SAT Vs. ACT: The smackdown between standardized tests
We've grown up with standardized tests through grade school, middle school, and high school. The only thing they don't have a standardized test for is popularity, and if they did you know it would be unfair. Anyway, when you're getting ready to (finally!) graduate, there are only a couple of tests left. The good news is that they don't have to waste your time.
You've probably heard of the SAT (formerly the Scholastic Aptitude Test) and ACT (formerly American College Testing). What most people don't know is that for applications and admissions at most schools, these tests are virtually interchangeable. One test may cater to your strengths more than another, so you want to know as much as possible about both tests before you start studying.
(Always check application requirements for schools you're interested in to see if they buck the trend with specific test requirements or if you're lucky, no requirements at all).
One or two higher scores can cover up lower scores in other test areas. So students well versed in advanced mathematics should consider the ACT. The ACT incorporates trigonometry in addition to other math material covered in both tests. Students with an affinity for English might prefer the ACT, covering punctuation, grammar, and sentence structure. The same is true for those strong in the sciences.
Natural wordsmiths may score higher with the SAT. It tests vocabulary through sentence completions and reading comprehension. But take note: the SAT presents general reading passages, whereas the ACT delves into social studies, natural sciences, prose fiction, and the humanities. So unless you're game for the ACT topics listed, it would be wise to stick with the general reading in the SAT.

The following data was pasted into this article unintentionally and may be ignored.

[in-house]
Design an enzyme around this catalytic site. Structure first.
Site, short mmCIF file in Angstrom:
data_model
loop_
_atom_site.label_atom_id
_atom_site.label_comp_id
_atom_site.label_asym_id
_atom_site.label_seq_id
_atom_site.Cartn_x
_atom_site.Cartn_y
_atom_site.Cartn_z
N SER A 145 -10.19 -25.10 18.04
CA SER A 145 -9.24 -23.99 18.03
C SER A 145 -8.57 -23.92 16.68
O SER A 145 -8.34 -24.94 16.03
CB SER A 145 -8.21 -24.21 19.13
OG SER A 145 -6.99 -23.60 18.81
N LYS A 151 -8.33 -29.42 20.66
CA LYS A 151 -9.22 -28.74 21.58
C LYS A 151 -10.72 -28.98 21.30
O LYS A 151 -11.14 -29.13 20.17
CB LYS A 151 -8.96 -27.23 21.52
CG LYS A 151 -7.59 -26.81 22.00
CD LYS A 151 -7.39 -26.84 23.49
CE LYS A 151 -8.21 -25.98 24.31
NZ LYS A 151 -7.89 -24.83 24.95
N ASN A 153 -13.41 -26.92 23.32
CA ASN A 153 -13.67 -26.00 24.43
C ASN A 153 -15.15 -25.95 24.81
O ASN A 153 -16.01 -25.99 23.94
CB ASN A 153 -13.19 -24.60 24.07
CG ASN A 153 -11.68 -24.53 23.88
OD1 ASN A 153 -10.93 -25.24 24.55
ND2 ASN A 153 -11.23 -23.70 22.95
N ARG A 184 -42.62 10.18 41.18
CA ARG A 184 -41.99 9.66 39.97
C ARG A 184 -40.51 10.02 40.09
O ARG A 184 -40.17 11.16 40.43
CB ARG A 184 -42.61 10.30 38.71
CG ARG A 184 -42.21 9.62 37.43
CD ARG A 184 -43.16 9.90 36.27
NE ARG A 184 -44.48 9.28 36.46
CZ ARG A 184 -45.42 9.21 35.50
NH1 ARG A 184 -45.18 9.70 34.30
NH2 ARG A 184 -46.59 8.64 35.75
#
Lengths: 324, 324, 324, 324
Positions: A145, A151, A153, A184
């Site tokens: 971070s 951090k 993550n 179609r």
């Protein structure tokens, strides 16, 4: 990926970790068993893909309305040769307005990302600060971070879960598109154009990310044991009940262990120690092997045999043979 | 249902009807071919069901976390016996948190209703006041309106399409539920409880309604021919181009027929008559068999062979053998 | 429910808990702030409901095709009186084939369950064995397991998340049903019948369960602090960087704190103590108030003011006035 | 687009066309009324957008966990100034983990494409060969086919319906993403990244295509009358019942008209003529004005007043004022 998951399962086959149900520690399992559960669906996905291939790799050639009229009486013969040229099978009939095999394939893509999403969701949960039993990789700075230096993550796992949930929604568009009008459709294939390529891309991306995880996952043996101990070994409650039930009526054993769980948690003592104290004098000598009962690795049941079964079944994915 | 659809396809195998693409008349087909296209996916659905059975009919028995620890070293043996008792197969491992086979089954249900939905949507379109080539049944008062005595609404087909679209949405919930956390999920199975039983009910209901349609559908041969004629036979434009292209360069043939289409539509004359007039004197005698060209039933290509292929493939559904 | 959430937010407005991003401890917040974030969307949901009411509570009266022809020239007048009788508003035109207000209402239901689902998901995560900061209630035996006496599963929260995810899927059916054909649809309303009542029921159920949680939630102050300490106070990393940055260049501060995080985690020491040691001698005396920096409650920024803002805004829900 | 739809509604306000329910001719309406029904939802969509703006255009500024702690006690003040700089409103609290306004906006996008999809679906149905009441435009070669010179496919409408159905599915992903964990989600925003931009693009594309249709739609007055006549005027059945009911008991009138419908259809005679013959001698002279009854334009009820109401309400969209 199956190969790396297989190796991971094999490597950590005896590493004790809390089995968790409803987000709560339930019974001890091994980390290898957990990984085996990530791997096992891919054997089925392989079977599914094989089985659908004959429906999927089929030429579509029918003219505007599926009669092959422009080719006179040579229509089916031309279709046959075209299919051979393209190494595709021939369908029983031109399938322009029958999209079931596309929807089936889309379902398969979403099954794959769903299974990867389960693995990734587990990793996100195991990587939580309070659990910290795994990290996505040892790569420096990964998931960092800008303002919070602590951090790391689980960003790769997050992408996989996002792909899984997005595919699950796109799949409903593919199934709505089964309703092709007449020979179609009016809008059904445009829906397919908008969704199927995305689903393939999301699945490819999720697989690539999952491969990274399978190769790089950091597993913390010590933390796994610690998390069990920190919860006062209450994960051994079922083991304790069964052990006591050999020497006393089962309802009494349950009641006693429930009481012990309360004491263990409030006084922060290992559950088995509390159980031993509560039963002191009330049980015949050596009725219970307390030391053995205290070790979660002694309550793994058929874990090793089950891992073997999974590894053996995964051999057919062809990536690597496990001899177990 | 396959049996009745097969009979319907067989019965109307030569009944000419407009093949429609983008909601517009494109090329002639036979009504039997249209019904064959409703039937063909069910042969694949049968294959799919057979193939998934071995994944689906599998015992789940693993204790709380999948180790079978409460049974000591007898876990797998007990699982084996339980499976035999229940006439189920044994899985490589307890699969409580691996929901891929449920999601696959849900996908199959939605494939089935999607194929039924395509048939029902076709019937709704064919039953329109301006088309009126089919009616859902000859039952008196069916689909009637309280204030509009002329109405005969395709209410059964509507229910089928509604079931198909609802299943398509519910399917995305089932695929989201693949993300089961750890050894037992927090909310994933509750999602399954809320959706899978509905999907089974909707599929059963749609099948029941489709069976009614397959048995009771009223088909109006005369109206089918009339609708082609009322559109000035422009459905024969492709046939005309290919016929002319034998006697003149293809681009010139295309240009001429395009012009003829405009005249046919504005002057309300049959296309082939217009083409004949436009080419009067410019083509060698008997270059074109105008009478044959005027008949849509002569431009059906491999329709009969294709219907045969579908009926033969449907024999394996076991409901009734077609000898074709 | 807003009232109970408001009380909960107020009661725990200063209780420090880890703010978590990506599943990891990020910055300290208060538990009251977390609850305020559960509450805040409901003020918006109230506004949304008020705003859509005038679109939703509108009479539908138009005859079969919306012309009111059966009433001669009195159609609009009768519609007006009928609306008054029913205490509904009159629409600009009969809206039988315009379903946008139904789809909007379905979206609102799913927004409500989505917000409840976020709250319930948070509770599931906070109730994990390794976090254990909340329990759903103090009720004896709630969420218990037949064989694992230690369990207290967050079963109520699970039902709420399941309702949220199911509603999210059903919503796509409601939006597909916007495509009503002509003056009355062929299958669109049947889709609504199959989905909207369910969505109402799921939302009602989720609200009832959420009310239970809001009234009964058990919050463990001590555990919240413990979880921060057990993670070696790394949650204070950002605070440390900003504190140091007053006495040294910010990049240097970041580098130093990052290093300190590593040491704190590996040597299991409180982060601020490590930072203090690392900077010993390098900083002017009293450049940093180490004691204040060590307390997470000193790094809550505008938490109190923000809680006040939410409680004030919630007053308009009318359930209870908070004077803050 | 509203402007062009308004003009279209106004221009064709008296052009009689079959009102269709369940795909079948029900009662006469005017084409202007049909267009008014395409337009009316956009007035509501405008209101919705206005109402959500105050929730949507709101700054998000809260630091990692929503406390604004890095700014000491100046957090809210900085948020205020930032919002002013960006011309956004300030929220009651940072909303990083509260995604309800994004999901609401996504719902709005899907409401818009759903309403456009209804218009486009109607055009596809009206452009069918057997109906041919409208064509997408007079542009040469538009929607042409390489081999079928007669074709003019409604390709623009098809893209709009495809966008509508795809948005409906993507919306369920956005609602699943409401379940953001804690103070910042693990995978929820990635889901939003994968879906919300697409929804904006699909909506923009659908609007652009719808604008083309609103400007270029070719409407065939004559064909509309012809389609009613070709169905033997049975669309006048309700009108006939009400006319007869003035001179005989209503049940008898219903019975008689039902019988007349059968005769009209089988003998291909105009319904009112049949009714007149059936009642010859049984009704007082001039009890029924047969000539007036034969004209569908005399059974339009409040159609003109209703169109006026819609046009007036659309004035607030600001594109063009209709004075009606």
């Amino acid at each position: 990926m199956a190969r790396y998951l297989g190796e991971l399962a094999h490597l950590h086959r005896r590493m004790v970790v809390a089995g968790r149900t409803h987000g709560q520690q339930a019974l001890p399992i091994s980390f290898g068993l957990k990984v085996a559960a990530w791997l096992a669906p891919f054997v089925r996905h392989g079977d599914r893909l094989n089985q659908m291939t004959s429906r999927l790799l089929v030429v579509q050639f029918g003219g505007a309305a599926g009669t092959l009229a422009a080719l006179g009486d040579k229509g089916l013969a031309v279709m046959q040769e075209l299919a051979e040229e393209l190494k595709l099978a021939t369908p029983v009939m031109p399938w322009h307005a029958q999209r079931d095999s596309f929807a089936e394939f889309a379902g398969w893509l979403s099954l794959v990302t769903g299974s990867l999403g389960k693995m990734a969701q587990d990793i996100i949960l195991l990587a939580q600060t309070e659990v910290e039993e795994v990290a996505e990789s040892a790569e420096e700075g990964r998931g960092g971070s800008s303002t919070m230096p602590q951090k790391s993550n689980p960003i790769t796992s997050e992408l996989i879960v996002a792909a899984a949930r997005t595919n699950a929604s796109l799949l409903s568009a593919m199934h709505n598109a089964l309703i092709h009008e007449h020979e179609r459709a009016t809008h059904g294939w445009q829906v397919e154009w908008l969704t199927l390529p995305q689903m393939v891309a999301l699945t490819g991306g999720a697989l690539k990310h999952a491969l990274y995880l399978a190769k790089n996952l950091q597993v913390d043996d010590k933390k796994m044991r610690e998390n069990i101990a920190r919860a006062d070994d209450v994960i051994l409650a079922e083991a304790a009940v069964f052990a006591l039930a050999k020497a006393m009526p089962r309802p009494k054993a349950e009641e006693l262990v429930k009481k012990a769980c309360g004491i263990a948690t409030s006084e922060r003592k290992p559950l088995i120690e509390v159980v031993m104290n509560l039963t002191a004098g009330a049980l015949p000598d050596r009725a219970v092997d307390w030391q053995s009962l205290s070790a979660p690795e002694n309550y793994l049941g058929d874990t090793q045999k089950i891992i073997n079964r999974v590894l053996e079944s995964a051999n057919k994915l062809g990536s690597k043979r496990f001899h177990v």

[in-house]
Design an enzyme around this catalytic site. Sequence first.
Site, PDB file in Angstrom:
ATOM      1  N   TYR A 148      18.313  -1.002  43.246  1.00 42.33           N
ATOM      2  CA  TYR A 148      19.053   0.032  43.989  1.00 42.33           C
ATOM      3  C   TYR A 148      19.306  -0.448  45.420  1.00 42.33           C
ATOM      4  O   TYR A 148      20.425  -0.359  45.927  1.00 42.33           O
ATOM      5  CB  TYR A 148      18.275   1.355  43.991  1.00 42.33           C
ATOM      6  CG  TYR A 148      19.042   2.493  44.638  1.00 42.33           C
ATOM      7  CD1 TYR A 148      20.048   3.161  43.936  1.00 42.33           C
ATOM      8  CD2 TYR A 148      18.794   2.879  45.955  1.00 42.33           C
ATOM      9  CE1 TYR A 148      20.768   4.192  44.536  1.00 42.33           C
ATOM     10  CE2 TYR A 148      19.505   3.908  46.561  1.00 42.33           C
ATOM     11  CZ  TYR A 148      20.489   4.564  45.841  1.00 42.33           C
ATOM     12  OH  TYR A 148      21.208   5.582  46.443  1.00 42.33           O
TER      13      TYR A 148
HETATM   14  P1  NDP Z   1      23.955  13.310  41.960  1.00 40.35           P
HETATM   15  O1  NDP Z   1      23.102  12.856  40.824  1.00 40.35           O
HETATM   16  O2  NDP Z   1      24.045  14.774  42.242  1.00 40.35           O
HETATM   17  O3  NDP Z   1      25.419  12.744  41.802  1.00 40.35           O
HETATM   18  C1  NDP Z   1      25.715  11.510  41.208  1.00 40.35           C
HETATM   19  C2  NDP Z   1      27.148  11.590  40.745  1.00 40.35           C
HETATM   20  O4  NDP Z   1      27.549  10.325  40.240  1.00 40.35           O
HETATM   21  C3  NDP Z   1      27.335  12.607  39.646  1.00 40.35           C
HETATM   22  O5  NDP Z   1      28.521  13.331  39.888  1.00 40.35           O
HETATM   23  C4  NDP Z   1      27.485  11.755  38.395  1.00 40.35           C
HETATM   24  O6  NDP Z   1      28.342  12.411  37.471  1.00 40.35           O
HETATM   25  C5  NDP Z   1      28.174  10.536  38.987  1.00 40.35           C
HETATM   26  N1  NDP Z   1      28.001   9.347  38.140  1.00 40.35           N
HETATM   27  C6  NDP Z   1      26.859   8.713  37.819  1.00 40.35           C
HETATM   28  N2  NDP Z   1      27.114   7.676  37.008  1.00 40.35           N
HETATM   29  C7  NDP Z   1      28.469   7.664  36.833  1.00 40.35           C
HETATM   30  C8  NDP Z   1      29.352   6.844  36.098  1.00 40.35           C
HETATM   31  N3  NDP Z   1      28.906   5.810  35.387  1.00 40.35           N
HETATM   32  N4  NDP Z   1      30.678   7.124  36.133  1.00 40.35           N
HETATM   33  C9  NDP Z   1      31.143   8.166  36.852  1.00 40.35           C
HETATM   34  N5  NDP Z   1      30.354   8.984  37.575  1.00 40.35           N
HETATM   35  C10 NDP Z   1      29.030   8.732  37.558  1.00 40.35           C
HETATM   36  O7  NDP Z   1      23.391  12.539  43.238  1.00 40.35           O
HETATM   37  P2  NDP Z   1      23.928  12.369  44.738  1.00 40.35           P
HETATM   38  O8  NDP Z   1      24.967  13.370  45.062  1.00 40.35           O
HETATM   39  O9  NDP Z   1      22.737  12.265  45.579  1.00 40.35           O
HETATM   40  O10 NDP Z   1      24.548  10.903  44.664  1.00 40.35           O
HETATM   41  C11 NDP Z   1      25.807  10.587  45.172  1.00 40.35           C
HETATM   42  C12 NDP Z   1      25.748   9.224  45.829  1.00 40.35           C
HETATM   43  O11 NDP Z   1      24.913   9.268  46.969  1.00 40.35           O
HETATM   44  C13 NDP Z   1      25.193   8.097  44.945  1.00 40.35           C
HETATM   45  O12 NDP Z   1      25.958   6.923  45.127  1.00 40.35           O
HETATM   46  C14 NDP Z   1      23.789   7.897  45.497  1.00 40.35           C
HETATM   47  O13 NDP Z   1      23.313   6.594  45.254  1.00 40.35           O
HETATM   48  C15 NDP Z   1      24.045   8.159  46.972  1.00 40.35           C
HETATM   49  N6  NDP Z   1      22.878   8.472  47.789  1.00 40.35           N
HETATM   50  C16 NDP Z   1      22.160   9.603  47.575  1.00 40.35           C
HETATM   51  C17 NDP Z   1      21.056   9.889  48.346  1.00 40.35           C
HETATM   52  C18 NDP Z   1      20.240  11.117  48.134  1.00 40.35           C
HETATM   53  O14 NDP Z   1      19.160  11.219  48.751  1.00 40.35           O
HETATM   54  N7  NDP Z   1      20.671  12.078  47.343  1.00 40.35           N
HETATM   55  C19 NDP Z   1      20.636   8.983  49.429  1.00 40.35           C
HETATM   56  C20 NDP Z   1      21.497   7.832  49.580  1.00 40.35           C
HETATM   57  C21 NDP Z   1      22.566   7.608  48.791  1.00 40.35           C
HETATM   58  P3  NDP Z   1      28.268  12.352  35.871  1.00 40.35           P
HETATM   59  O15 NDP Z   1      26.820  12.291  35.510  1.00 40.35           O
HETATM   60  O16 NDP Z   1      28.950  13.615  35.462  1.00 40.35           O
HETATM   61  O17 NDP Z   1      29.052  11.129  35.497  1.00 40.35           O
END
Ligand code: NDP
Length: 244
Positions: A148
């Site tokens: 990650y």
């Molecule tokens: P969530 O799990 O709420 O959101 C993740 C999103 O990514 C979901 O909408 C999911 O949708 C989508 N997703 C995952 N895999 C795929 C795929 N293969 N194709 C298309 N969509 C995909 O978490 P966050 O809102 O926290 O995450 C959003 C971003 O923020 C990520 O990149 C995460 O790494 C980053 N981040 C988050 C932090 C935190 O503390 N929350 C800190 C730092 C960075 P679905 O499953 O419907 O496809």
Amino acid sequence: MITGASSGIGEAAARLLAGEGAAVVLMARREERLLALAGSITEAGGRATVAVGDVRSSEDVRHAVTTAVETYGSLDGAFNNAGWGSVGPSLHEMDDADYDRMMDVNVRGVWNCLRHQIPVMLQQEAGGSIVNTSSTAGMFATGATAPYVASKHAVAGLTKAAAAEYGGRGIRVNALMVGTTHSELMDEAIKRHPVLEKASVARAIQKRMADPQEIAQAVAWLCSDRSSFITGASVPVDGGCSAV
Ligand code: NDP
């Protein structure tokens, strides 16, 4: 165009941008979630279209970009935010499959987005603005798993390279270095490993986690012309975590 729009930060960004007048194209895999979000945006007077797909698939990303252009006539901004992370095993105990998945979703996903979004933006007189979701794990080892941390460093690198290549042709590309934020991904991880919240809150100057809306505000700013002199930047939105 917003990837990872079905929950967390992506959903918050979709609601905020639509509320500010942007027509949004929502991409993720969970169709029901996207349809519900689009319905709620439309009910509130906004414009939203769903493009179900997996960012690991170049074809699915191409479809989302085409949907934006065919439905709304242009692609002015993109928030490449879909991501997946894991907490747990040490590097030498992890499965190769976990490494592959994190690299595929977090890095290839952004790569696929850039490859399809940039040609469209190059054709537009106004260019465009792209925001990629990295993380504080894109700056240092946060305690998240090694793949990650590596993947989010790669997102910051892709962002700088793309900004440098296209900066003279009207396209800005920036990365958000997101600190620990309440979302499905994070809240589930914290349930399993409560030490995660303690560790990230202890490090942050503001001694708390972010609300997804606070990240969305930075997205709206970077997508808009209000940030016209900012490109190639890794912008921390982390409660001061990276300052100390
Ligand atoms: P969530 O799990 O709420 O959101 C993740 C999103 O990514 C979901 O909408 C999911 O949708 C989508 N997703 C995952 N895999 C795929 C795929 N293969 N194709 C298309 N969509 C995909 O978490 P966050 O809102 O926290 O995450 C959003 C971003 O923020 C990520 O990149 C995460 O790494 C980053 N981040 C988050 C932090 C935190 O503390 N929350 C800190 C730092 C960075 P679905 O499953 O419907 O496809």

If you're still not sure which one to take, register for official practice tests, like the PSAT. Those results can help determine your strengths and even give you the chance to win scholarships.
Consider your test-taking style when choosing the SAT or ACT:
- Do you have test endurance? Those with greater attention spans might perform better on the four-hour-long SAT, while the ACT -- nearly an hour shorter -- should be considered by those who have trouble sitting through long exams.
- Do you prefer multiple-choice or producing your own answers? The ACT only uses multiple-choice (except the opt-in writing portion), whereas the SAT tests multiple-choice, student-response math questions, and a required writing section.
- Are you a guesser? The SAT deducts one-quarter of a point for every wrong multiple-choice answer, so it's best to leave blank any answer you're unsure of. The ACT has no such penalty.
Familiarizing yourself with testing formats, types of questions, and environments they're administered in can give you a leg up come test day. Take advantage of the resources at sat.collegeboard.com and actstudent.org -- the SAT and ACT homepages. Both sites offer a wealth of free study materials, free sample questions, and low-cost prep courses. There are also many study guides available for purchase. If you want to go that way, the safest bet will probably be official texts like The Official SAT Study Guide ($21.99) or The Real ACT Prep Guide ($25).
If you've studied and practiced both exams and neither stands out, register for both. At the end of the day, you choose which scores are distributed. And colleges will be happy to see either test result (or even both).
Sources: actstudent.org; act.org; collegeboard.com; kaptest.com